News / 13 May 2020

BIO-MEDICAL researchers gravitate toward understanding and working on problems that are indisputably important.

This position is brutally enforced by grant review panels, with questions such as, “How many people does it kill a year? What is the market value? What is the situation in the clinic?” shaping decisions to fund or not to fund.

Every successful scientist learns to defend their position to remain competitive and secure scarce funding dollars. What this means is that research that appears even slightly less relevant is consigned to the dustbin of scientific history.

The current pandemic shows this approach is no longer sustainable. Until November 2019, SARS-CoV (a close relative of SARS-CoV-2) was a vanquished virus with discovery work in this area halted or regarded as pedestrian. Now we have been caught short.

Research around the world, some of it decades old, is being reactivated with the goal of transforming it into something gleaming, interesting and useful.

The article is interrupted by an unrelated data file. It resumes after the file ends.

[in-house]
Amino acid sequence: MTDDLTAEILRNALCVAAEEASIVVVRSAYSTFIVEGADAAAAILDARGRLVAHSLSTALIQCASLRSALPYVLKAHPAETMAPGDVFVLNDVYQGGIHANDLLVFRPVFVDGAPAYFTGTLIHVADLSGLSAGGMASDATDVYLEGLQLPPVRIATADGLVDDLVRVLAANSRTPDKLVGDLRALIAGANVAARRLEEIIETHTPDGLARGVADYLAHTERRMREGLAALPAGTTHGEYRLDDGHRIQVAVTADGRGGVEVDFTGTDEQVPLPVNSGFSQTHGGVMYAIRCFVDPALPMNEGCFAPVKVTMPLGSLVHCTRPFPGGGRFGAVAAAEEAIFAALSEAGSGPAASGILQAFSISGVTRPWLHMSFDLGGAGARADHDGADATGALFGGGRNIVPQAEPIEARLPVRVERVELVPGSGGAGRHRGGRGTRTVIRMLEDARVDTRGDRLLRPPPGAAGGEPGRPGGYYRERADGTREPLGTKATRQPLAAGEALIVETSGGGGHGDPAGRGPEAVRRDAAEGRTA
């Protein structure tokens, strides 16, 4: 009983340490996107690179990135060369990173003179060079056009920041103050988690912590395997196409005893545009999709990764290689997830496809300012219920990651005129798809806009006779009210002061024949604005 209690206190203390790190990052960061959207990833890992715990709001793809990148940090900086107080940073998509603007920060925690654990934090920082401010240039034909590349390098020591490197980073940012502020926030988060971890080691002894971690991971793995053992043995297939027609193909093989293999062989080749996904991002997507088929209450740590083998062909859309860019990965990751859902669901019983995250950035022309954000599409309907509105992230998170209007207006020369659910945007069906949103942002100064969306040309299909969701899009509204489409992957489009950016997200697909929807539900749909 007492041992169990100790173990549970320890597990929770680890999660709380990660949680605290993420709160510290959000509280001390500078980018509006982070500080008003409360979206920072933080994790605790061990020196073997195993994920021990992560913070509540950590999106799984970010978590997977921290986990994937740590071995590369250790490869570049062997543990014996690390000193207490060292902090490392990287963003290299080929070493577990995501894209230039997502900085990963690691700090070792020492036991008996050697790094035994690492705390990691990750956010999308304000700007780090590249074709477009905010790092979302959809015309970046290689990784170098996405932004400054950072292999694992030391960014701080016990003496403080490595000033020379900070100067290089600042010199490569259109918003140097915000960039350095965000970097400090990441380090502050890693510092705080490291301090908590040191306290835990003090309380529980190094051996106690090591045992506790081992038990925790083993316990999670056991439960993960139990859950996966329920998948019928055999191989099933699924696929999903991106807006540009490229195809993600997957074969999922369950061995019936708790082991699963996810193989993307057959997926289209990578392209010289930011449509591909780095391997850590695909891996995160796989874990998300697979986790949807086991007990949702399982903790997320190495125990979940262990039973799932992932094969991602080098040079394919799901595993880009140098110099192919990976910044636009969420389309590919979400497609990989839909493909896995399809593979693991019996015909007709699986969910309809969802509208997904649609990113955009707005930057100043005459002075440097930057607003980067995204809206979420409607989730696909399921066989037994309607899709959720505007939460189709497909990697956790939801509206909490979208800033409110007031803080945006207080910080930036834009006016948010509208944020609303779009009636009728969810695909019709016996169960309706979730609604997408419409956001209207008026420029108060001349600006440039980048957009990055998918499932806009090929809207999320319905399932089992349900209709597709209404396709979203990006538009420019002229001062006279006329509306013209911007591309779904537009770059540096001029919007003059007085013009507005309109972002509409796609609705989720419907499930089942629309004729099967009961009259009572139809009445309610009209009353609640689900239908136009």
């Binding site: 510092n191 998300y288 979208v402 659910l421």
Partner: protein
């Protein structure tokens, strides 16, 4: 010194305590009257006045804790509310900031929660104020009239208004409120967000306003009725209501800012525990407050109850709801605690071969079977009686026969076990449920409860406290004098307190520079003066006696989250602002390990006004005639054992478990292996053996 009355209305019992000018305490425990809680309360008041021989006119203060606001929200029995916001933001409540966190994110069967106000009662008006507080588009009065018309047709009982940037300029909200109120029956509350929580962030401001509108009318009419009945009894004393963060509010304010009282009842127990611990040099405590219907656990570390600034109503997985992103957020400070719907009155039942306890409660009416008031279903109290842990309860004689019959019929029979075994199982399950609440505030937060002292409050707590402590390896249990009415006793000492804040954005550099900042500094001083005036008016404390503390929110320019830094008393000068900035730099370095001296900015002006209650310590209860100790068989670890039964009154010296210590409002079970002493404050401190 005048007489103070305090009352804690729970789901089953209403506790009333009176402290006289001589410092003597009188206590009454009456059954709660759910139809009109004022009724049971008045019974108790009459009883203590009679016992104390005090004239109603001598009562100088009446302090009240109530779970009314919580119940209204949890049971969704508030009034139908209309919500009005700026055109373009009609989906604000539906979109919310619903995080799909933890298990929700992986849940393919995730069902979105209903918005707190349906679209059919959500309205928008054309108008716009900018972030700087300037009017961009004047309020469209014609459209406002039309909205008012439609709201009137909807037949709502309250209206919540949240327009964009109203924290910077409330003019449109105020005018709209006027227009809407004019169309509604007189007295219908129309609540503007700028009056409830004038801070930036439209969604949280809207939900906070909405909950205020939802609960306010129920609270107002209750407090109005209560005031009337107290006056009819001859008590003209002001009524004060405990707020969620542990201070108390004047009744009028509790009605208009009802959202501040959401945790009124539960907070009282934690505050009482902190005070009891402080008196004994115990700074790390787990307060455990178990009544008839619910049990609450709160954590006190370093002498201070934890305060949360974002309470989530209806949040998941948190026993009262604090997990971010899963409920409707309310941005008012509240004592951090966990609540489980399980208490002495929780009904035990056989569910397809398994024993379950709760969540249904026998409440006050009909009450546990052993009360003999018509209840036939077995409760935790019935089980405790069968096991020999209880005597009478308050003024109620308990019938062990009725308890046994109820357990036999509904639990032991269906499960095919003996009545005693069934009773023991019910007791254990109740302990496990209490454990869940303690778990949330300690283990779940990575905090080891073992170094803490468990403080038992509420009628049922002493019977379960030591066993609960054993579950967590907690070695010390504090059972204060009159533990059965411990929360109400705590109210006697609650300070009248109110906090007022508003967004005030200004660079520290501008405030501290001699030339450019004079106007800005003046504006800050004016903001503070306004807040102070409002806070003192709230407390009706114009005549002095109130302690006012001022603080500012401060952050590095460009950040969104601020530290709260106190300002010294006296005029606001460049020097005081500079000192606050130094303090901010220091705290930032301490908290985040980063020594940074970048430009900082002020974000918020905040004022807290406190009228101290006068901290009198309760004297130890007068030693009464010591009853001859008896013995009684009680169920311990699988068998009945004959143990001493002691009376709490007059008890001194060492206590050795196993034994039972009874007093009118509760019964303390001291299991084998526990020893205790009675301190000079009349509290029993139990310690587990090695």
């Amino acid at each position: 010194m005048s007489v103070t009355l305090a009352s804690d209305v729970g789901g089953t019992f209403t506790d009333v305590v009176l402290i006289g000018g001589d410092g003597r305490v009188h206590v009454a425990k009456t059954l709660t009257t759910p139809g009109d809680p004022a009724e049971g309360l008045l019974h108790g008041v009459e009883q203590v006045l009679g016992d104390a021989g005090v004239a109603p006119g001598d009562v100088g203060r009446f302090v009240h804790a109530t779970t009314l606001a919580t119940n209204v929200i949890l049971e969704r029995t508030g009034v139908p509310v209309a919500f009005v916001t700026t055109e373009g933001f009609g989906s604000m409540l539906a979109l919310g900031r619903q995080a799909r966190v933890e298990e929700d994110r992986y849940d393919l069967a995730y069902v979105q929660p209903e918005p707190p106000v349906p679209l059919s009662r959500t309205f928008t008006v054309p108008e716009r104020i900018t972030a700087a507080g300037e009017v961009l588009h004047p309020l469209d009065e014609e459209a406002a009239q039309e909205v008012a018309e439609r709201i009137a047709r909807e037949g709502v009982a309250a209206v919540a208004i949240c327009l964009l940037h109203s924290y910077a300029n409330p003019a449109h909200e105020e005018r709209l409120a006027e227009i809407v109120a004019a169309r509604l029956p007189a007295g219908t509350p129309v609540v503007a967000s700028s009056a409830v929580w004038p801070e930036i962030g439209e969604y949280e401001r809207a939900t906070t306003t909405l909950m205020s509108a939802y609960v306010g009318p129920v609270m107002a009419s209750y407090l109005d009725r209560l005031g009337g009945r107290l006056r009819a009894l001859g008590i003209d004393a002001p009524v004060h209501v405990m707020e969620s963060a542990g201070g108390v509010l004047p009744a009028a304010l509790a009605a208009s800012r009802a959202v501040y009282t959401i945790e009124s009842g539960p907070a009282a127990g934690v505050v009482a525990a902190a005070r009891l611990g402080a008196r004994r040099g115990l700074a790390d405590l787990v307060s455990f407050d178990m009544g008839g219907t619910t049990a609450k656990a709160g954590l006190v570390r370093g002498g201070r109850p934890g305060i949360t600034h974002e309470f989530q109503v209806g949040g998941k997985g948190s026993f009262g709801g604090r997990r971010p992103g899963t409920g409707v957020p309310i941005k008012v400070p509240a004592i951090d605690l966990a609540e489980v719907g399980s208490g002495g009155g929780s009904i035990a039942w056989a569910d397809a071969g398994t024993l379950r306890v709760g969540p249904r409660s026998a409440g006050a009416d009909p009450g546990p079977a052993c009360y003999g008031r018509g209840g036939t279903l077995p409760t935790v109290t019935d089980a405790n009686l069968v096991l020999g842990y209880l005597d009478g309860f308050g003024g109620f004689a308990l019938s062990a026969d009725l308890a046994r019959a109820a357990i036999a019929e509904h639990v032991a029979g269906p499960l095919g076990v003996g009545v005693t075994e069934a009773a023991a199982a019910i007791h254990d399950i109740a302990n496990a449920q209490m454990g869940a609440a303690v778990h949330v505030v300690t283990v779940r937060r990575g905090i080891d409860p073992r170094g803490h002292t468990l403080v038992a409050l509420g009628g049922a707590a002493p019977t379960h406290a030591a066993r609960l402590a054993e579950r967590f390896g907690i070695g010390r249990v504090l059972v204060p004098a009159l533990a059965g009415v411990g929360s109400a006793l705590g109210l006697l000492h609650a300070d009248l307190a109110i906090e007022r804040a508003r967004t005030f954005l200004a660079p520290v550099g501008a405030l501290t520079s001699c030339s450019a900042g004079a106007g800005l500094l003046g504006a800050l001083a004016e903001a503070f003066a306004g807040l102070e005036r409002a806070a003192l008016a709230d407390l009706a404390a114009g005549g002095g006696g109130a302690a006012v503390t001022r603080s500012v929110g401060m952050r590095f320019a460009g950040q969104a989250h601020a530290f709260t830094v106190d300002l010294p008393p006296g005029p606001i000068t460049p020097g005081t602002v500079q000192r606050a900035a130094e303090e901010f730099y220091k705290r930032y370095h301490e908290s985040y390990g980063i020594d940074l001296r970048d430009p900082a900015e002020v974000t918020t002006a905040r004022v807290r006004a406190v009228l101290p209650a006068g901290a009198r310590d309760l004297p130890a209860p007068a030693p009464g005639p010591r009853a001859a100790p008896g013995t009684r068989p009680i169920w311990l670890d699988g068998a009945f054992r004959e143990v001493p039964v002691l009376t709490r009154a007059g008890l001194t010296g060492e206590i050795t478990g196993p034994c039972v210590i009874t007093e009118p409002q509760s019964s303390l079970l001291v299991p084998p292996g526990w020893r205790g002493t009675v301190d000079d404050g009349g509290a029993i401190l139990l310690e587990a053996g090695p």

Our research communities have not been funded deeply enough to support the extra diverse capacity that may have been sufficient to fend off our current disaster.

We will be unbelievably lucky if any ‘off-the-shelf’ therapeutic for COVID-19 can emerge rapidly enough from the closet of current or abandoned therapeutics or mothballed research activities.

Effective drugs generally arise from decades of hard, dogged basic biomedical research rather than clinical trials on old molecules.

No doubt new broad-spectrum antivirals against coronaviruses will emerge in the coming years.

However, the threat of the next pandemic should be sufficient motivation to build the nation’s scientific capacity. This effort should be combined with the development of a plan to rapidly bring relevant scientific teams around the nation together in times of need, thus concentrating effort and avoiding duplication.

We must establish a well-integrated national approach for funding a diversity and depth of research we hope we might never need. At the same time, we must develop a strategic plan to deploy such research capabilities in the event that we do. The cost of such insurance is tiny in comparison to the bill we currently are facing.

We need to be prepared for the unexpected — and the time to invest in that preparedness is now.

Professor James Whisstock is the Director of EMBL Australia and an ARC Laureate Fellow in the Biomedicine Discovery Institute, Monash University.